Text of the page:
Title

The Contingency of Occupation: Connecting Rorty’s Pragmatism to Narrative Theory and Methods

Location

Hiawatha 1

Start Time

17-10-2014 11:40 AM

End Time

17-10-2014 12:10 PM

Session Type

Theoretical Paper

Abstract

A movement within the social sciences often described as the “narrative turn” has made an important contribution to occupational science. Narratives in the simplest sense are stories that are used by individuals to organize meaning and experience. In occupational science, narrative has been used as a phenomenology for analyzing various situations and cultures (Bonsall, 2012). Rorty’s publications on the contingency of self and culture serves as one of the influences that has made the narrative turn possible (Bruner, 1990). Rorty (1979) argues objectivity should be viewed not as a representation of external reality, but as an agreed upon result of past and present arguments. For instance, defining objectivity as social agreement, the practice of science invents “descriptions of the world which are useful for purposes of prediction and controlling what happens” (Rorty, 1989, p. 4). However, these descriptions of the world are contingent descriptions, not representations of the world itself.

This paper will explore the theoretical overlap between Rorty’s pragmatism and narrative, ultimately relating his influence back to occupational science. I will focus on three areas particularly important for narrative in occupational science using my own research, an ethnographic study of the experiences of fathers of children with disabilities, to illustrate and support these arguments. First, narratives shape worldviews that influence understanding through the creation of public vocabularies. Second, selves are created through the emergence of personal narratives. The exploration of narrative action within occupational science adds further insight into Rorty’s description of self-creation through narrative. Third, narrative can be seen as a methodology utilized for analyzing what Rorty calls abnormal discourse that challenges existing norms. Revolutionary vocabularies arise when two vocabularies clash, resulting in a third. For instance, within my research discourse that emerged around masculinity, fatherhood, and disability served to challenge social norms that did not fit the realities of practice.

This paper contributes to occupational science by applying Rorty’s pragmatism to the theoretical and methodological underpinnings of narrative. The examination of public, private, and abnormal vocabularies provides insight into the construction of meaningful occupations. In addition, this paper explores on the importance of methodologies that study abnormal discourses that have the potential to change societies.

This document is currently not available here.

Share

COinS
 
Oct 17th, 11:40 AM Oct 17th, 12:10 PM

The Contingency of Occupation: Connecting Rorty’s Pragmatism to Narrative Theory and Methods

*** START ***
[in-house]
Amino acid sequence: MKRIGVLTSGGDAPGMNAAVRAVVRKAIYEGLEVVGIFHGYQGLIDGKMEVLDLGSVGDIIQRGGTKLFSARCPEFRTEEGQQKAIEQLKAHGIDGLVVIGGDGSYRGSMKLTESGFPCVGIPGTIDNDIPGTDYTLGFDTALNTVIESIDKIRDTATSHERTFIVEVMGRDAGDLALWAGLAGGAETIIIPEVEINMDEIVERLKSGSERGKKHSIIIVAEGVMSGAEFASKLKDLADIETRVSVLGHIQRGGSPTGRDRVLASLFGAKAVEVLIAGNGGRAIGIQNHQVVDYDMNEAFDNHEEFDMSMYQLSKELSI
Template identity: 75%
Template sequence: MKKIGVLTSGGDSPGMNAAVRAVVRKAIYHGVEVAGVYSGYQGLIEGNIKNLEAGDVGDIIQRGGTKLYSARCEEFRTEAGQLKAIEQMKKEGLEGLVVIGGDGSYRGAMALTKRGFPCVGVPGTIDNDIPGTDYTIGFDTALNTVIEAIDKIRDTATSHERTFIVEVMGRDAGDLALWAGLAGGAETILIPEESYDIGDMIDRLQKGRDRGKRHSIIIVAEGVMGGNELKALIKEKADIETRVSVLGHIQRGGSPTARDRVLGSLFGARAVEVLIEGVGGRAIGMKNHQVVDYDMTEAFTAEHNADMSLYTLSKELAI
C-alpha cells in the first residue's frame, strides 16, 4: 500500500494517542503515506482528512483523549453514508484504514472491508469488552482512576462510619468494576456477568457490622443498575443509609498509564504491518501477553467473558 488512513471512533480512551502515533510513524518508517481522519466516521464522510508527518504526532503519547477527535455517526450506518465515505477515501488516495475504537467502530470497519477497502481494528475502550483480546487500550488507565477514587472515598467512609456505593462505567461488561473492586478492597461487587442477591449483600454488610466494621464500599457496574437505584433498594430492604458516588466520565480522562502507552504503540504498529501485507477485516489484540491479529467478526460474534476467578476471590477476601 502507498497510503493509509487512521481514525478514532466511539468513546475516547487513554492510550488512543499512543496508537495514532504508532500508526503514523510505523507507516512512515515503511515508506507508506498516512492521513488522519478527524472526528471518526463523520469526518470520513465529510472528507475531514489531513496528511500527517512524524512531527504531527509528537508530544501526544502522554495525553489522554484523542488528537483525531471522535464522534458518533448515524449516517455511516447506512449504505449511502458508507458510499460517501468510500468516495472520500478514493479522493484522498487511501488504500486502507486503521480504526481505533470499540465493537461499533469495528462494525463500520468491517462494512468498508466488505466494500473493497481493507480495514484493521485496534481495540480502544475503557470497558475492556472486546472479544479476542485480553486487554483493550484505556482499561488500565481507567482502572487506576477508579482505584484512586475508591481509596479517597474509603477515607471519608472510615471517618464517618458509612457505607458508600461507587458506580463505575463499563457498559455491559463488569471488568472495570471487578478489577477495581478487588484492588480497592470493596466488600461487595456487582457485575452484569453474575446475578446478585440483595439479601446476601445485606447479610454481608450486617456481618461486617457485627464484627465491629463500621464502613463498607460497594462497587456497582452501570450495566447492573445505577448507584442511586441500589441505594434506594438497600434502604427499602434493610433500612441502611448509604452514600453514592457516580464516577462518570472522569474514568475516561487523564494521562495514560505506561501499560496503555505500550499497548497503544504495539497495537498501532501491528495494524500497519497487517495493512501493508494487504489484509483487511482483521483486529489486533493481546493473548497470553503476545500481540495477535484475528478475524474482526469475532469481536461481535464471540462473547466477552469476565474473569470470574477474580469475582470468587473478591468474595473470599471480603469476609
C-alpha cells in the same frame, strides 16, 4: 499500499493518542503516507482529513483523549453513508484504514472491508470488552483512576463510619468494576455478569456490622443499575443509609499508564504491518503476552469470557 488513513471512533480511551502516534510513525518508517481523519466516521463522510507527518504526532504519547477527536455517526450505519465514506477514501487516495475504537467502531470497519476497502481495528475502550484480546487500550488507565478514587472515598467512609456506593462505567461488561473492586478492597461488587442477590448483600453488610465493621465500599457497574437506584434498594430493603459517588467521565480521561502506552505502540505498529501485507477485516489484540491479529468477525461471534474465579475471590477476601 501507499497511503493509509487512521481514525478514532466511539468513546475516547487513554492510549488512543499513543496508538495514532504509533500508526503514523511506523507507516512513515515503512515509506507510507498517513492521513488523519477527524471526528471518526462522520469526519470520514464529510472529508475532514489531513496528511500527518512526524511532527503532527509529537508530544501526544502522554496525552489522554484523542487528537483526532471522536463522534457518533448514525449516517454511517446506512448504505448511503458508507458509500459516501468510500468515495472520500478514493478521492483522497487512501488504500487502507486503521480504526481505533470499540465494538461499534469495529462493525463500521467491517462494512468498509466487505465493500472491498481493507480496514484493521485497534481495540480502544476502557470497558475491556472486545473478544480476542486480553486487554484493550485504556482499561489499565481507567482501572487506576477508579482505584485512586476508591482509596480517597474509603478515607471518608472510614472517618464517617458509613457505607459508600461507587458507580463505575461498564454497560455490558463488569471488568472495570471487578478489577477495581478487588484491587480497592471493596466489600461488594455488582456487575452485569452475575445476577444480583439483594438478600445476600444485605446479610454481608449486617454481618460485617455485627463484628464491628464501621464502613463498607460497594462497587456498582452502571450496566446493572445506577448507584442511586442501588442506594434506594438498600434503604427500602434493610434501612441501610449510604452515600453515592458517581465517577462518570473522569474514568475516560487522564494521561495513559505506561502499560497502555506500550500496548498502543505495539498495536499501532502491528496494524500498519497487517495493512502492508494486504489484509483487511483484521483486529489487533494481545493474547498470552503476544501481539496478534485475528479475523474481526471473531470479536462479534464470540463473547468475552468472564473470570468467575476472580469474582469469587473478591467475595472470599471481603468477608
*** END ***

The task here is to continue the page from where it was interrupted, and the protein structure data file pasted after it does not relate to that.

Hiawatha 1

A movement within the social sciences often described as the “narrative turn” has made an important contribution to occupational science. Narratives in the simplest sense are stories that are used by individuals to organize meaning and experience. In occupational science, narrative has been used as a phenomenology for analyzing various situations and cultures (Bonsall, 2012). Rorty’s publications on the contingency of self and culture serves as one of the influences that has made the narrative turn possible (Bruner, 1990). Rorty (1979) argues objectivity should be viewed not as a representation of external reality, but as an agreed upon result of past and present arguments. For instance, defining objectivity as social agreement, the practice of science invents “descriptions of the world which are useful for purposes of prediction and controlling what happens” (Rorty, 1989, p. 4). However, these descriptions of the world are contingent descriptions, not representations of the world itself.

This paper will explore the theoretical overlap between Rorty’s pragmatism and narrative, ultimately relating his influence back to occupational science. I will focus on three areas particularly important for narrative in occupational science using my own research, an ethnographic study of the experiences of fathers of children with disabilities, to illustrate and support these arguments. First, narratives shape worldviews that influence understanding through the creation of public vocabularies. Second, selves are created through the emergence of personal narratives. The exploration of narrative action within occupational science adds further insight into Rorty’s description of self-creation through narrative. Third, narrative can be seen as a methodology utilized for analyzing what Rorty calls abnormal discourse that challenges existing norms. Revolutionary vocabularies arise when two vocabularies clash, resulting in a third. For instance, within my research discourse that emerged around masculinity, fatherhood, and disability served to challenge social norms that did not fit the realities of practice.

This paper contributes to occupational science by applying Rorty’s pragmatism to the theoretical and methodological underpinnings of narrative. The examination of public, private, and abnormal vocabularies provides insight into the construction of meaningful occupations. In addition, this paper explores on the importance of methodologies that study abnormal discourses that have the potential to change societies.